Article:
Unable to perceive how Catholic guilt suffocates teenagers with what he is pleased to call " strict Christian commandments" Archbishop Pell insists that all "sexual activity" be restricted to heterosexual marriage and declares "all other genital activity off limits".
These specific commandments, he pontificates, are all "designed to prepare people for lifelong marriages, providing security for spouses and offspring."
To more people than he realizes, whether single, divorced, looking in good faith, or unable or uninterested, the Archbishop seems to be promising expressed affection only on his terms like lifelong Pie in the Sky. Pell diminishes thereby that gloriously privileged consciousness that can come to people who thrive and arrive alive on the one thing the Roman Catholic Church abhors—personal independence.
In one of his more vile equations of same-sex love and affection with adult seduction and disease, he writes:
Thus, ignoring as only dogmatists can, the medical establishment's insistence that homosexuality is not a disease nor a malfunction, the Roman Catholic prelate appears to be pursuing cross-continental alliances with fundamentalist 'Ex-Gay' groups promoted by pretenders to religious ecstasy 'cures' in the United States. Similar alliances—uniting anti-Choice Protestant evangelicals and Roman Catholics, have, during the '90s, preceded Pell's appeals.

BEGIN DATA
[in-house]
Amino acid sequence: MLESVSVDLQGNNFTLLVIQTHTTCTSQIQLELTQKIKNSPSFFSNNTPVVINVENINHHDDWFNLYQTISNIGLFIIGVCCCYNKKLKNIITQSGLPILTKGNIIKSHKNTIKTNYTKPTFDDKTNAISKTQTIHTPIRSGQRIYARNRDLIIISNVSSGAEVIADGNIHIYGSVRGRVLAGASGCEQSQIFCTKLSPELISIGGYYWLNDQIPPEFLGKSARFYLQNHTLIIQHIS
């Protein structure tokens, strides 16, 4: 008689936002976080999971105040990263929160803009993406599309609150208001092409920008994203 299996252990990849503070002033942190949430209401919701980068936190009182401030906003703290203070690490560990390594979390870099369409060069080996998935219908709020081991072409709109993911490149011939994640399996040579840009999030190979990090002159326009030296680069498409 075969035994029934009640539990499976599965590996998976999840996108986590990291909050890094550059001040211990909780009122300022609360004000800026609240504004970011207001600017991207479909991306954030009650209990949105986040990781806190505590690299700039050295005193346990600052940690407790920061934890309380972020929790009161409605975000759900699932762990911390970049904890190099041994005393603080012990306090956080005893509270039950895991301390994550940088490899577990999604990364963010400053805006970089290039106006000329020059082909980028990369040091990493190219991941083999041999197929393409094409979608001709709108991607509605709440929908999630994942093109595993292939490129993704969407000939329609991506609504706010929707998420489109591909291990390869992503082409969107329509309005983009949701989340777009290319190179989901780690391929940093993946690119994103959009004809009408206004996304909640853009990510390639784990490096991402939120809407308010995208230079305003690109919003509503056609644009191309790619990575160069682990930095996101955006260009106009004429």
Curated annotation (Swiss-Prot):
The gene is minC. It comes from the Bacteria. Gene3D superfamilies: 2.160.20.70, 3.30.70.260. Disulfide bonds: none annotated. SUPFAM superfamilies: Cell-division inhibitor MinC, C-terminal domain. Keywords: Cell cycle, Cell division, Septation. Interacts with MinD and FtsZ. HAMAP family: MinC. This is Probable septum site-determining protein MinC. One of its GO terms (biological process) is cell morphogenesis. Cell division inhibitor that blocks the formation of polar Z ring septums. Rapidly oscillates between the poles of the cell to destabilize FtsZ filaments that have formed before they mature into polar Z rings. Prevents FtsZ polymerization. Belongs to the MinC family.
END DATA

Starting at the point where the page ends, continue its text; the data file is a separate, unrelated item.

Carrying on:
Placing Roman Catholicism in direct opposition to what strategist Pell ominously calls "The Gay Agenda" he naively imagines that his dogmatic Church stance is homophobia-free.
"Instead of accusing the churches of homophobia, which we condemn roundly," he says, adopting an ostrich's pose, " we should be seeking the real reason for youth suicide."
The "Gay Agenda", insists Pell, is contrary to Christian teaching. It supposedly hopes:
To induce Christian churches to reject the Old and New Testament teaching against homosexual activity;
To brand all criticism as homophobia;
To lay the blame for the suicide of homosexuals anywhere except in the homosexual community;
To give same-sex partnerships legal status equal to marriage with rights to adoption and government-subsidized IVF children;
To silence public discussion of health risks;
To lower the age of consent, and recruit new members to the subculture.
Refusing to give up on his much-criticized claim that homosexuality, because of AIDS, is a health hazard worse than smoking, the Archbishop charged ahead in spite of overwhelming figures that had been published to prove him inexcusably wrong.